Insulting our intelligence
Friday, November 23, 2018 at 11:21
Simon Clark

I go away for three days and while I'm away ASH publishes a report about smoking in the home.

According to The Times, which headlined its report 'Plan to stamp out smoking in social housing':

Stop smoking campaigns must target tobacco use in domestic settings, according to Action on Smoking and Health, which found smoking was twice as common among those in social housing than other tenures.

It also said housing associations should consider designating new-builds as non-smoking areas.

My response, written in haste moments after landing at Dublin airport on Monday (ASH's press release was embargoed until 00:01hrs on Tuesday), read:

“Reaching into smokers’ homes takes tobacco control in a new and rather sinister direction.

“Focussing on social housing targets those who can’t afford to buy their own homes. That’s discrimination in anyone’s language and many people will find it repellent.

“They say this is not about banning smoking in the home but that’s clearly the long-term goal. It’s prohibition by stealth and a gross intrusion into people’s private lives.”

I was quoted by The Times (in print and online) and a number of regional newspapers (online only) but my soundbite was restricted to the first sentence so the points about discrimination and prohibition got lost.

That's important because – despite the evidence before us – ASH is determined to deny the suggestion that they want to ban smoking in people's homes.

According to TalkRadio:

Deborah Arnott, chief executive of Action on Smoking and Health has said it is “unreasonable” to stop people from smoking in their own homes, but more has to be done to reduce smoking in social housing and privately-rented properties.

A report by Action on Smoking and Health and two All Party Parliamentary Groups found that smoking is “highly concentrated” on council estates, with a suggestion that new social housing could be designated smoke-free.

Ms Arnott stressed that this was not suggesting that people should be stopped from smoking in their own homes.

She told TalkRadio’s Matthew Wright: “It makes a good headline but the report does not actually say that people should be stopped from smoking. That would be completely unreasonable.”

“We are not suggesting that people should be stopped from smoking in their own homes,” she added.

“But, when the ban on smoking in public places came in we saw a decline in the number of people smoking in the home.

“Because, if it is dangerous to smoke in front of your workmates, why are going to smoke in front of your family?

“So there is much less smoking in the home than there used to be but it still happens.

“We need to do more to remind people why it is not a good idea. But, we certainly do not want to ban it.”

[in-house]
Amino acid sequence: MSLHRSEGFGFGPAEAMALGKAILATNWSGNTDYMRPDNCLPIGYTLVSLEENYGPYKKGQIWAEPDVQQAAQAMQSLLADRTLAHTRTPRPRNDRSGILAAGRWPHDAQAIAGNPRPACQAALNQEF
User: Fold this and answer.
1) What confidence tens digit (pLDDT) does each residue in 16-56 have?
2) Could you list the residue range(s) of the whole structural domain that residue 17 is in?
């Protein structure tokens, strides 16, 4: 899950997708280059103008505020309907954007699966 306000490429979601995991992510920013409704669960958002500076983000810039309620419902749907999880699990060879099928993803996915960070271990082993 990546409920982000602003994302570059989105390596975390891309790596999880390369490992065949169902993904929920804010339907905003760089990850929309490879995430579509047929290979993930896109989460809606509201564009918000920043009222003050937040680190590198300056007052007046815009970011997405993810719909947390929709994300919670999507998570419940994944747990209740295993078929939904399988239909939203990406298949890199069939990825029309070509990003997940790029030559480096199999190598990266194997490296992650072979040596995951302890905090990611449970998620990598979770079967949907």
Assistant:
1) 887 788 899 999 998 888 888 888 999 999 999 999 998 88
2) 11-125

Deborah's colleague Hazel Cheeseman said much the same thing when we were interviewed together on LBC.

In Hazel's case she emphasised that the aim was to make new developments 'smoke free'. But that's still prohibition, right?

It strikes me that ASH is playing down the idea of stopping people smoking in their own homes because they know how that sounds to most people.

And if they don't know they should read these reactions on the Nottingham Post website:

Dave Jennings, 71, said he had no plans to stop smoking in his council house. “It is not anyone’s business what I do in my house,” he said.

Non-smoker Gary Brown, 66, said people smoking in their homes was no one’s business but their own. He said: “Politicians are always trying to ban this or that. Why can’t they just leave people, paying rent in their own home, alone. These people need to get a grip.”

Non-smoker Karen Lovell, 39 from Bow, east London said: “If you pay your rent, I don’t see why it’s anyone’s business what you do in your home.”

Dawn Tillett, 51, said: “I don’t smoke but people pay enough in rent to be able to smoke in their own home. For me it is nothing to do with the council or the government. People know the risks of smoking - if they do it, it is their choice.”

The reality is, ASH is deliberately obscuring the truth of the situation, as prohibitionists always do.

How often, for example, did we read that ASH didn't want to ban smoking in every pub and restaurant in the country until, one day, they did.

"No-one is seriously talking about a complete ban on smoking in pubs and restaurants," said Clive Bates, director of ASH, in September 1998.

Or what about the ban on smoking in cars carrying children? When we voiced concern about banning smoking in private vehicles the British Lung Foundation responded:

'Smoking in cars results in concentrations of toxins much higher than are normally found elsewhere ... Suggesting that other bans will inevitably follow insults the intelligence of the public ...'

If anyone is insulting our intelligence it's Deborah Arnott and ASH who want to create 'smoke free' housing developments where residents are not allowed to smoke while insisting "we certainly do not want to ban it".

If that's not a real-life example of George Orwell's Newspeak I don't know what is.

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